Don’t get me wrong, if you have weight loss goals, it definitely can be helpful during the initial stages to keep track of the amount of calories you’re consuming. I used My Fitness Pal for a few months when I first started out. It keeps you accountable and helps you to learn what a typical day of eating should look like and what does and doesn’t work. And weighing yourself semi-regularly can also be a helpful tool. But it’s not absolutely necessary and shouldn’t be done too frequently.
In fact, a much more accurate way to track weight loss progress is by recording your body composition measurements, such as waist, hip, neck, and thigh circumferences. Fat loss isn’t always indicated by a drop in the number on the scale. In fact, it’s possible to lose fat and see your weight increase (due to increased muscle mass). So don’t let the scale be a constant roller-coaster-like source of frustration and discouragement. Pay more attention to how your clothes feel, how your body feels. And if your adamant about keeping track of your progress in some quantitative way, get a tape measure and record your circumference measurements.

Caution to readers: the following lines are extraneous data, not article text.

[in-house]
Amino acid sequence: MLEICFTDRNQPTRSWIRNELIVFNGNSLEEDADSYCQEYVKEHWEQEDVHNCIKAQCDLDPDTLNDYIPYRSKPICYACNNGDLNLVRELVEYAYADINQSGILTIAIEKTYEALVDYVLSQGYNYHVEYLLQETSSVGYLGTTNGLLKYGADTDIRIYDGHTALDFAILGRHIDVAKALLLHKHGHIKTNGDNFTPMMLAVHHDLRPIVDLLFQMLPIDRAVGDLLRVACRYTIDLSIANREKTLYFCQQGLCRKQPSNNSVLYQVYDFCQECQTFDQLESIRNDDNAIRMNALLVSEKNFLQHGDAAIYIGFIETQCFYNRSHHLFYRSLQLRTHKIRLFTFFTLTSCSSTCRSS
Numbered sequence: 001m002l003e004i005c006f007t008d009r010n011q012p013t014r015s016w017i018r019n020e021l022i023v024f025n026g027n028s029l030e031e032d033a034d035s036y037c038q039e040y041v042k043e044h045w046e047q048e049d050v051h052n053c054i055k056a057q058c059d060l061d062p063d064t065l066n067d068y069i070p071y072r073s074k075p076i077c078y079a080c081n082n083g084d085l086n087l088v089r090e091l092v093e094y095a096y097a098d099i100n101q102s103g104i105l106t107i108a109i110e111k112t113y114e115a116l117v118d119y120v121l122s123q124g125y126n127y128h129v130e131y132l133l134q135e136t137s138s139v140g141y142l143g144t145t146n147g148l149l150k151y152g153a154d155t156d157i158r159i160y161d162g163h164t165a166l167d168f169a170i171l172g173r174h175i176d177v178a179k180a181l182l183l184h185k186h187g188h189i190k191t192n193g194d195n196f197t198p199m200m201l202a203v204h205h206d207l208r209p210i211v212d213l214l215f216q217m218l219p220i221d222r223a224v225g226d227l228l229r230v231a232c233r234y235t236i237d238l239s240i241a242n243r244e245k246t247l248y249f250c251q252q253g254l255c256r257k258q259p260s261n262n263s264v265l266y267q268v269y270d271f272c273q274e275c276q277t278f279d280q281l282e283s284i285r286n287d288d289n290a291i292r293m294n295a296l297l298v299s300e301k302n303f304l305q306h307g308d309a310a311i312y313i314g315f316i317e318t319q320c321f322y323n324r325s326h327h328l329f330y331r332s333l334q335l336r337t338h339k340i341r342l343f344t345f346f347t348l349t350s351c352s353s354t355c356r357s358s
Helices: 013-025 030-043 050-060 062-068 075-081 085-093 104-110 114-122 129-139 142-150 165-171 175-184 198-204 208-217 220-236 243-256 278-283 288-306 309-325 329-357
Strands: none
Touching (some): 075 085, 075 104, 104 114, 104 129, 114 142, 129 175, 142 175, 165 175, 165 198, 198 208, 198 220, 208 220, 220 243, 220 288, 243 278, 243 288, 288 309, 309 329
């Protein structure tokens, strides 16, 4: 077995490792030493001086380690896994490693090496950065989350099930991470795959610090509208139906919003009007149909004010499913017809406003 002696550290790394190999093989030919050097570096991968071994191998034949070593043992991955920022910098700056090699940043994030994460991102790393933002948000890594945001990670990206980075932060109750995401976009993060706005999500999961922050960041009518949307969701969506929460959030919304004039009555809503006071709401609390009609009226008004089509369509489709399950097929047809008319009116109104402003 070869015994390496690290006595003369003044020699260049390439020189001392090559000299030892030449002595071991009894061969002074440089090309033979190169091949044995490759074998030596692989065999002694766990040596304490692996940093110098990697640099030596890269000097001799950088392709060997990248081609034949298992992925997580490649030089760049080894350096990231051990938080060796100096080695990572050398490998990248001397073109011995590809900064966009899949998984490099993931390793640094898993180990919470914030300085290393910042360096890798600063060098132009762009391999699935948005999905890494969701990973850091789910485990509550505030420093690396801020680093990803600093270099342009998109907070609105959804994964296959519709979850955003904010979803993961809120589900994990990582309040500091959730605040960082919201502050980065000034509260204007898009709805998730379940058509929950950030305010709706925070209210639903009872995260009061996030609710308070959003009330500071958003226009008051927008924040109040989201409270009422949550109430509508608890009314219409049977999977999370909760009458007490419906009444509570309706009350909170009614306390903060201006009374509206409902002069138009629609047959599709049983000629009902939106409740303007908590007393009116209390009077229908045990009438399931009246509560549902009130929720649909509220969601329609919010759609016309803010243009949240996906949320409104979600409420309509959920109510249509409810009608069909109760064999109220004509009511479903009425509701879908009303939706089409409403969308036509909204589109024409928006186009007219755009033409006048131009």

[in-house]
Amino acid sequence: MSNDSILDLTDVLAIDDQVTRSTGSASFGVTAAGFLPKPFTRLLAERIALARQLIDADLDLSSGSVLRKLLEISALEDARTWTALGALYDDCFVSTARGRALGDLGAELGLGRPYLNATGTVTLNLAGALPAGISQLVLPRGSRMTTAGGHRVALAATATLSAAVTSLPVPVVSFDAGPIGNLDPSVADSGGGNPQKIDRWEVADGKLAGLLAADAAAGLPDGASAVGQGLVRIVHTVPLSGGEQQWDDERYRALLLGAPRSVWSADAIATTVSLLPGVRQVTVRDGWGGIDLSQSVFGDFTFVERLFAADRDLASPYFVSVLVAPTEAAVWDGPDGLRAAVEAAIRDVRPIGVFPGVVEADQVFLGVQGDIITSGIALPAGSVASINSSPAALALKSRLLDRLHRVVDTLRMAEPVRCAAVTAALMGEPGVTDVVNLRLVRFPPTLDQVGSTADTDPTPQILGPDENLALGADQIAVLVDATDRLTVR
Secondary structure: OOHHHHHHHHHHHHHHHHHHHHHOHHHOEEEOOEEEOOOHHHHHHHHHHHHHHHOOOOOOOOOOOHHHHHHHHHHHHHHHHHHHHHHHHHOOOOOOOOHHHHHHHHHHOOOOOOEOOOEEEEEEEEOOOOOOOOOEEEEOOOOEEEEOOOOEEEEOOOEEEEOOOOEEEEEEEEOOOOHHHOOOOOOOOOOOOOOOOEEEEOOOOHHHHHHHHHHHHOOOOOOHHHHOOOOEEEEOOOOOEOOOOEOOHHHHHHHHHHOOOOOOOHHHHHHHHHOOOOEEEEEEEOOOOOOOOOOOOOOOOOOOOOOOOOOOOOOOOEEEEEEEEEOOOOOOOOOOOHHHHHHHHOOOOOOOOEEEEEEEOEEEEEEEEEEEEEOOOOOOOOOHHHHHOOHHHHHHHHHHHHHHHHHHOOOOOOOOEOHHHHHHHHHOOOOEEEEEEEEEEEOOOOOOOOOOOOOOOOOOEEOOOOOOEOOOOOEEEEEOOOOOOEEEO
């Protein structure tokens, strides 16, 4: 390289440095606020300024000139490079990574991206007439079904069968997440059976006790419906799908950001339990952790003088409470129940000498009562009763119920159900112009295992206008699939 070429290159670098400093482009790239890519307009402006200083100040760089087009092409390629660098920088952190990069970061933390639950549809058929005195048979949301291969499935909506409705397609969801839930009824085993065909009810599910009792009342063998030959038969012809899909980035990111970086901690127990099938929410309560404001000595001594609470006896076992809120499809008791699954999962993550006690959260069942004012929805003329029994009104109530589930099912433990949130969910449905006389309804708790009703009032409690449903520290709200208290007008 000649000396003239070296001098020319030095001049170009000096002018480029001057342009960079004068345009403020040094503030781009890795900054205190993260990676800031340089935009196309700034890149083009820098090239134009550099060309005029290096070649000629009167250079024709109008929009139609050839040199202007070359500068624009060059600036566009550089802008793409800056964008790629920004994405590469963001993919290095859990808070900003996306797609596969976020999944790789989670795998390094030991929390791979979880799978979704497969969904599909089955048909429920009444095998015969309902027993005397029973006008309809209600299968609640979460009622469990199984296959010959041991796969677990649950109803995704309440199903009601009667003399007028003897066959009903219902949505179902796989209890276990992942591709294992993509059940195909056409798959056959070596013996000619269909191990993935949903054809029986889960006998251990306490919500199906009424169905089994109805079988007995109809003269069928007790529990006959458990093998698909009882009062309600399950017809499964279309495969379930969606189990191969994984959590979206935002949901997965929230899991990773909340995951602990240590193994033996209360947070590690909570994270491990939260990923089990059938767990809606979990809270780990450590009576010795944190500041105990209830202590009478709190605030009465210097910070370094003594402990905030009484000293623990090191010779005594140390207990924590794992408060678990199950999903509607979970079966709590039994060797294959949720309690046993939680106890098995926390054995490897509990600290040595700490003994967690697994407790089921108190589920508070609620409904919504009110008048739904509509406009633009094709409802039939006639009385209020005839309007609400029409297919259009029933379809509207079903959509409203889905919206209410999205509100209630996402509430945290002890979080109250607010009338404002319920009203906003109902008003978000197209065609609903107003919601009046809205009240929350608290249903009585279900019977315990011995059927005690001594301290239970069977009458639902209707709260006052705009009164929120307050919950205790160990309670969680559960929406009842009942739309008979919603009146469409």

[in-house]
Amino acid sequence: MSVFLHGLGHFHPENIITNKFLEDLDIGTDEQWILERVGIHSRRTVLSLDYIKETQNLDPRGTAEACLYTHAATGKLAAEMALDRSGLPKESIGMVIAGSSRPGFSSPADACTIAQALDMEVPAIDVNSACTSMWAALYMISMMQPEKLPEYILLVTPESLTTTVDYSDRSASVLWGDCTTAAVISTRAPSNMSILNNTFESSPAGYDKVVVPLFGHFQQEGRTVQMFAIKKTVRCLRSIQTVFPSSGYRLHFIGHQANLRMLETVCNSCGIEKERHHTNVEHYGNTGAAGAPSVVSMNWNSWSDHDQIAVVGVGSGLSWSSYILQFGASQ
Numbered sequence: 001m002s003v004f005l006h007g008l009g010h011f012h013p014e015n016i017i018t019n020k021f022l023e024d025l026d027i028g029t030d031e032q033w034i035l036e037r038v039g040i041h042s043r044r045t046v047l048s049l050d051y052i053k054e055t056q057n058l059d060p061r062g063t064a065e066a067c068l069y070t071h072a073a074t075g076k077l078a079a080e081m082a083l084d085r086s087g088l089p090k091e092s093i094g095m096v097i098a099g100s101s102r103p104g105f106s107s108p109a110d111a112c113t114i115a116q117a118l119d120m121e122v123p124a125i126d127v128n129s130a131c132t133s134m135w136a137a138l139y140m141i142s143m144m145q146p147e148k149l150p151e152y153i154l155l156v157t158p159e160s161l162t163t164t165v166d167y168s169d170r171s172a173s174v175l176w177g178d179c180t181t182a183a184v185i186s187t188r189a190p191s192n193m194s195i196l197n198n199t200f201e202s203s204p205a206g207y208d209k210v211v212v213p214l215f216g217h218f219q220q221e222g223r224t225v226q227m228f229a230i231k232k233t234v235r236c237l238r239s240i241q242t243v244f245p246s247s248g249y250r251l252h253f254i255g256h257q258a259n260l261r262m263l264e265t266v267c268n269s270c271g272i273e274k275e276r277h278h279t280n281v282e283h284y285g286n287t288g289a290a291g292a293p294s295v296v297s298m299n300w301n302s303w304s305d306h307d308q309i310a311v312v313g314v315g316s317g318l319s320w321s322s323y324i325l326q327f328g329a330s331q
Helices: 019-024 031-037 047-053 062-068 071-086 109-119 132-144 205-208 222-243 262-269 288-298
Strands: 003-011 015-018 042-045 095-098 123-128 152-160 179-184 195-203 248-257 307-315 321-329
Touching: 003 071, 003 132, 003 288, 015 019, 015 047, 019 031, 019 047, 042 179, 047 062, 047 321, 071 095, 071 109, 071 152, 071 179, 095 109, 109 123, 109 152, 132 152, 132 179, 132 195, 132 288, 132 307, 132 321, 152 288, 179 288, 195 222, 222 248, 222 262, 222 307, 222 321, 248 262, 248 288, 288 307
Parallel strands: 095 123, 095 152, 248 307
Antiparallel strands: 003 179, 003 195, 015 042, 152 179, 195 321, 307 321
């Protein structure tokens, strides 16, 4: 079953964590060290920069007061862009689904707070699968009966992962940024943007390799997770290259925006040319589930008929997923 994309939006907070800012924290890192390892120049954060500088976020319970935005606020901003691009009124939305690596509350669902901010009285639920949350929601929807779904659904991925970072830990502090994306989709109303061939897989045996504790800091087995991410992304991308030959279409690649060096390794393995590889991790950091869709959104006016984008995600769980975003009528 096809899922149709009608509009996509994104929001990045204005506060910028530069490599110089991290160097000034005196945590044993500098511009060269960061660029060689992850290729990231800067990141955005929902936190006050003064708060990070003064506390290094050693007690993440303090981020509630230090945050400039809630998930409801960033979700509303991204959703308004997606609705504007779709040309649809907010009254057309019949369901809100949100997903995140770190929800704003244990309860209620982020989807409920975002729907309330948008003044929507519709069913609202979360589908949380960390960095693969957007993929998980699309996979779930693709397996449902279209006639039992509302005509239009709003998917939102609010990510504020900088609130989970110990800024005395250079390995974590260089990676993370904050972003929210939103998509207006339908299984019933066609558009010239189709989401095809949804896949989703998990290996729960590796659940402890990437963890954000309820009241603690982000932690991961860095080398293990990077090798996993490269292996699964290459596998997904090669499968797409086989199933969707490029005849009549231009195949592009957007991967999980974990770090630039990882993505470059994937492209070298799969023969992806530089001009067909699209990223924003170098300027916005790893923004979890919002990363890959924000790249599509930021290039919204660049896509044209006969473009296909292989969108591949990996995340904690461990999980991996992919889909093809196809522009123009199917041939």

The most important thing though, is to pay attention to your body. When first starting a weight loss plan, it’s really easy to feel discouraged if you accidentally go over your daily calorie allowance (even if it’s just by a few calories) or if you don’t see the number you were hoping for on the scale when it’s time to weigh in. And at that point motivation might start to dwindle and giving up doesn’t seem like a half bad option. If you can use a minor setback like such as motivation to work harder the next day, then that’s great. But that mindset is rare and not always the case, which is why most times it’s better to base your fitness and health goals on how you feel, rather than on a number.